Academic journal article Manager

Greenlight

Academic journal article Manager

Greenlight

Article excerpt

Issue 68 - Helping you to help the environment

Welcome once more to greenlight. We have a great selection of environmental and sustainability topics that we hope will be of interest to you, ranging from self-generation of energy to the advisability of making sure your organisation is correctly registered under the Packaging Regulations.

From time to time, greenlight explains environmental terminology and it is intended in future editions to continue this feature. Suggestions for terminology that might be dealt with are always welcome, so if you can think of any topics that might usefully be explained, please get in touch!

Could your organisation generate its own energy?

In order to encourage the development of small scale renewable energy projects, the UK government funds a scheme that pays an allowance to householders, organisations and community groups for every kilowatt-hour of energy produced by renewable sources. This allowance is made even if the energy produced is used by the owner of the building on which the generator (solar cells or wind dynamo) is mounted. Further, any surplus electricity produced can be uploaded onto the national electricity grid, in which case an additional payment is made. As might be expected, the detailed rules are complex, but return on investment in the equipment can, it is claimed, provide a 5% to 7% annual return. As might be further expected, the scheme has attracted big investors, and in February 2011, the government announced changes in the scheme to give greater encouragement to smaller scale projects. Having said this, it may well still be worthwhile to explore the possibilities of using the scheme in your organisation, and one place to start would be the website of the SmartestEnergy company (www.smartestenergy.com).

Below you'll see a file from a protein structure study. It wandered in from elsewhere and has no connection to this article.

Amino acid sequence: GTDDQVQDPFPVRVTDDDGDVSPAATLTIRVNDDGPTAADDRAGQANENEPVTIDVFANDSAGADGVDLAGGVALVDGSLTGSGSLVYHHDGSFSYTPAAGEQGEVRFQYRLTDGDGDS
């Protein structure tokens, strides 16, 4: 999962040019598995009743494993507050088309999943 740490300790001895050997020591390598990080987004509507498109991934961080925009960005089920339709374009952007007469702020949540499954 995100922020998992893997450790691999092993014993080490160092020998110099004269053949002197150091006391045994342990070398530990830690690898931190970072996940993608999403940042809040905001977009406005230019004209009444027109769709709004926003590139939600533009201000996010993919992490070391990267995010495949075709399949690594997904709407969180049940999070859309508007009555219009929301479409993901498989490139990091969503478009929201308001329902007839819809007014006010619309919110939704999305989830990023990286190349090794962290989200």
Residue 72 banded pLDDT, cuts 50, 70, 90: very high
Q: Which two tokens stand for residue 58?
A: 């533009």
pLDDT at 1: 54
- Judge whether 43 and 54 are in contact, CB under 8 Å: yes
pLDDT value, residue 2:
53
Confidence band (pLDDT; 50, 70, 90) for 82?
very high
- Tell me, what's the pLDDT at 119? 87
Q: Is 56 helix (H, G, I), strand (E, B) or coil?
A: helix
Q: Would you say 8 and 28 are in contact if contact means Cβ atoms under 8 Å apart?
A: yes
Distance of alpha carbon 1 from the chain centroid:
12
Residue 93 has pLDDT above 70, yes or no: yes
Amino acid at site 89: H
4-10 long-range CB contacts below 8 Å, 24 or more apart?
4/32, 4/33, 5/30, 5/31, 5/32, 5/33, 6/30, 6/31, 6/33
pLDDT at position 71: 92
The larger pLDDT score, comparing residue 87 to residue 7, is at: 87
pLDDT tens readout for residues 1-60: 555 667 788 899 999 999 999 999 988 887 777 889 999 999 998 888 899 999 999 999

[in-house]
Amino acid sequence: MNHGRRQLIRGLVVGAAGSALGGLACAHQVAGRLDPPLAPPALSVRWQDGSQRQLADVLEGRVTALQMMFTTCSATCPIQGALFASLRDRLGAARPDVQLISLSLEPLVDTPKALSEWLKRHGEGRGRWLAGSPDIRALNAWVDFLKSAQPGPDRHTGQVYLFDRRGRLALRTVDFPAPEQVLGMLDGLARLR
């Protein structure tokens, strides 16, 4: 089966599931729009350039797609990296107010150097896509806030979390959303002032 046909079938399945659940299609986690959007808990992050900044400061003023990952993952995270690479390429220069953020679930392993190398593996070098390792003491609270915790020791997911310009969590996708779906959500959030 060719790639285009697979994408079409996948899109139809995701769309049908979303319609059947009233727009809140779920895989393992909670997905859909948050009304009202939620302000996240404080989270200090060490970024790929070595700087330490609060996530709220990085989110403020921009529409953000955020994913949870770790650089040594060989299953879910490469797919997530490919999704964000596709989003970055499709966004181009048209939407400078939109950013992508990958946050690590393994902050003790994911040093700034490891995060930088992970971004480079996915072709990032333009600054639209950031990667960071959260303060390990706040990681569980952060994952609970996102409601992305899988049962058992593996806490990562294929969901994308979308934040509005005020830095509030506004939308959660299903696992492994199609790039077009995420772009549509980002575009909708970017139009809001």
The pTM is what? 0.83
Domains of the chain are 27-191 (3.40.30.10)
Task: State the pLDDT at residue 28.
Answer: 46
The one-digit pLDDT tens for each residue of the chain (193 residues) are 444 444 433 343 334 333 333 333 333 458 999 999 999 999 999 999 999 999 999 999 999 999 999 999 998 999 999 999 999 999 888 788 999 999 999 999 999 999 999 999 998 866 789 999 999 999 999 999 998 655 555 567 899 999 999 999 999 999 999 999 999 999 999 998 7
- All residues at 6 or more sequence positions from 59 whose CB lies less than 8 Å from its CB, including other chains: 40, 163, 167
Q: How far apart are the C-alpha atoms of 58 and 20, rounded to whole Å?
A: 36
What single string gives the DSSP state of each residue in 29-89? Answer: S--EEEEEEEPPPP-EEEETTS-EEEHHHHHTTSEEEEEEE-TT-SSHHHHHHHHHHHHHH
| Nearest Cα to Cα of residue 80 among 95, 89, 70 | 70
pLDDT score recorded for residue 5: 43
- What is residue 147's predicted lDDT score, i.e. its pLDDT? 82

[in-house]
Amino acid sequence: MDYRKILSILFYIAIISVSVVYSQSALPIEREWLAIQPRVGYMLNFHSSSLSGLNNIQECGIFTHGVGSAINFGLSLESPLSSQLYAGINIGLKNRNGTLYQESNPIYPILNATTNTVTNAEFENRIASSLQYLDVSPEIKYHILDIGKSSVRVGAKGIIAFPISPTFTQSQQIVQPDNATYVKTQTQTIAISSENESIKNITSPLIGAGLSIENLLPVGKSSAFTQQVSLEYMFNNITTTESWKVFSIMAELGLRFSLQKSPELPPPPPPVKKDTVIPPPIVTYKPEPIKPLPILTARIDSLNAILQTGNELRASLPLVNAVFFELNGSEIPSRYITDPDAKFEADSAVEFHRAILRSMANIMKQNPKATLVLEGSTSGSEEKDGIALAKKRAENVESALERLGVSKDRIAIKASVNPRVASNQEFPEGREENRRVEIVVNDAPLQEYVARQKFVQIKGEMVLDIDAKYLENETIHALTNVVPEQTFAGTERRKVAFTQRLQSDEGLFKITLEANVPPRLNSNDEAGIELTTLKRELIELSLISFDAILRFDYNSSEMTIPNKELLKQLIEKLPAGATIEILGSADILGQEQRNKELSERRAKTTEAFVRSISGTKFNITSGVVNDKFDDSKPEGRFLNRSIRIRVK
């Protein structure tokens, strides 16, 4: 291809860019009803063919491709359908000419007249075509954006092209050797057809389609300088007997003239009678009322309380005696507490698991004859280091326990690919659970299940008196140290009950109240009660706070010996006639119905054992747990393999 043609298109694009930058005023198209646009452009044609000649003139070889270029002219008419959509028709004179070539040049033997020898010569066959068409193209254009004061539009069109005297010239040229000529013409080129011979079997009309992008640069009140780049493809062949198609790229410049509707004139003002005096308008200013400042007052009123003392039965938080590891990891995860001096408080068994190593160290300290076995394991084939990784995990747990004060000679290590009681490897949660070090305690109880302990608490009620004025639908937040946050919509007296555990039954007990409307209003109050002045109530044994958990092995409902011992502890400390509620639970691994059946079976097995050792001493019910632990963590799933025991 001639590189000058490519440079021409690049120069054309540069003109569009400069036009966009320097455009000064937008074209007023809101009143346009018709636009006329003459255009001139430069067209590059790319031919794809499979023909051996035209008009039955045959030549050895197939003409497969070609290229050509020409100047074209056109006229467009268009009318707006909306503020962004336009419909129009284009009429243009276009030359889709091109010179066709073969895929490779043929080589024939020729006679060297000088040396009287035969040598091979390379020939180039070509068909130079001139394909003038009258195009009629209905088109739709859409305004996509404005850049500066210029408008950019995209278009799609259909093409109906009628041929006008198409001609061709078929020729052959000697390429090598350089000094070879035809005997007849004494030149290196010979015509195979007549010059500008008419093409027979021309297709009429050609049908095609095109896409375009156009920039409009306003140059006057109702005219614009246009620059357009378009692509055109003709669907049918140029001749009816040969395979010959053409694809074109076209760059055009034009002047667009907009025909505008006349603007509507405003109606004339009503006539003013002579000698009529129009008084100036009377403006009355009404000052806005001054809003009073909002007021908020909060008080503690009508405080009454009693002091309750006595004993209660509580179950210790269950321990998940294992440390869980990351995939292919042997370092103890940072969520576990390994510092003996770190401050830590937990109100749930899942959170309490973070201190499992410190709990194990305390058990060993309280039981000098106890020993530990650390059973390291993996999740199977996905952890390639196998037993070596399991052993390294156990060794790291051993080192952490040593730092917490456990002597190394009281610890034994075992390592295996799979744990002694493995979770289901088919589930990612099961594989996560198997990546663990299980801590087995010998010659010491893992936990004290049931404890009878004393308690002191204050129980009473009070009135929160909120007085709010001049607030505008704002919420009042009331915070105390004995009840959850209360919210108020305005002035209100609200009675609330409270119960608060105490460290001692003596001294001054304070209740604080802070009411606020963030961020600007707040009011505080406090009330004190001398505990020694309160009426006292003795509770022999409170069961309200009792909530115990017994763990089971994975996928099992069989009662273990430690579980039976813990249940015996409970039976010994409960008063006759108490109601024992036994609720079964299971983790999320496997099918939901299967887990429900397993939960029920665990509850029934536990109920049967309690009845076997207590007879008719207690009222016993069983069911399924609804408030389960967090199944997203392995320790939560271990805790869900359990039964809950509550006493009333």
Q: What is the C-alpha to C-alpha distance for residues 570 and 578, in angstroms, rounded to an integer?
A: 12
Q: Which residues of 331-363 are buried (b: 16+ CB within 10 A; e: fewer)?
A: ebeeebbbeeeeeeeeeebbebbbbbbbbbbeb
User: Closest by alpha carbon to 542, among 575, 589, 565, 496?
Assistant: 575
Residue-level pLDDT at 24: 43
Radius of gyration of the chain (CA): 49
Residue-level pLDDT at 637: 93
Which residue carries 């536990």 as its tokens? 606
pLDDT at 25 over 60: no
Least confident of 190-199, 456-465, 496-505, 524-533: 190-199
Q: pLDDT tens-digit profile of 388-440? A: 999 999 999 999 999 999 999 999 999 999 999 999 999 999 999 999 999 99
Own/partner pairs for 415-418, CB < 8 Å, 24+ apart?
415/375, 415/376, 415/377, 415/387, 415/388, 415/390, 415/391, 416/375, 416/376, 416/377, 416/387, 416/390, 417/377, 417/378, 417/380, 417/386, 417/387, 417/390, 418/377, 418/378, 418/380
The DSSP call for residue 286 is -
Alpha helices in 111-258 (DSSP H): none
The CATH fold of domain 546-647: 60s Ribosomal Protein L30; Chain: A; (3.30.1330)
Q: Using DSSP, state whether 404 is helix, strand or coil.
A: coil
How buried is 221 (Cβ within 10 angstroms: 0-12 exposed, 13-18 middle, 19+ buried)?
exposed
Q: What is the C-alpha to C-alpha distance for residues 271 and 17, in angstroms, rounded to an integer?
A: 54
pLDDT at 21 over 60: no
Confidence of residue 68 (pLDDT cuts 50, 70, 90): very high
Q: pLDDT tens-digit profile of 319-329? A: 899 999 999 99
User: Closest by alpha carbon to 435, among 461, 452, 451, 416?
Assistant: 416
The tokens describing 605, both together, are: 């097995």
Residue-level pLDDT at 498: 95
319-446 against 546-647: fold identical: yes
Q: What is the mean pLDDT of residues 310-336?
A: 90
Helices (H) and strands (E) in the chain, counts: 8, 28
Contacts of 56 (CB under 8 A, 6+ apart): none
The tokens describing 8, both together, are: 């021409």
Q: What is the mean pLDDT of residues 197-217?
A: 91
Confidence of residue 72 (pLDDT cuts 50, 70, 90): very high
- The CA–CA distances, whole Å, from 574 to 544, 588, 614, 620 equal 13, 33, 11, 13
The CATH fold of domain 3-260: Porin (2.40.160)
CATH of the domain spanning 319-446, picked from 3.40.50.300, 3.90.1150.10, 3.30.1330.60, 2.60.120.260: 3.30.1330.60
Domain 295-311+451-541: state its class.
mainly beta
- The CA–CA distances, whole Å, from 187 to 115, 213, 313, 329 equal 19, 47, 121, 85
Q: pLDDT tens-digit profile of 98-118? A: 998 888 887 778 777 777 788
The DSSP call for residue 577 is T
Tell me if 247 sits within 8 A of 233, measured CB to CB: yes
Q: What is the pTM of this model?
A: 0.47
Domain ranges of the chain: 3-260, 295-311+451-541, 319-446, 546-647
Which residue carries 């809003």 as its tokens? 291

New waste management regulations

The Waste (England and Wales) Regulations 2011 came into force in March 2011. These affect all types of businesses, including those that do not have waste-producing manufacturing lines (offices, for example).

The regulations require businesses to apply a waste management hierarchy when transferring waste, and in particular to include a declaration on their waste transfer note that this has been done.

The hierarchy, with the greatest importance at the top of the list, is as follows:

* Prevention

* Preparing for re-use

* Recycling

* Recovery

* Disposal

Businesses need to work with the hierarchy now, but the obligation to declare this on the waste transfer note does not come into force until October 2011, Full details are available from the NetRegs website www. …

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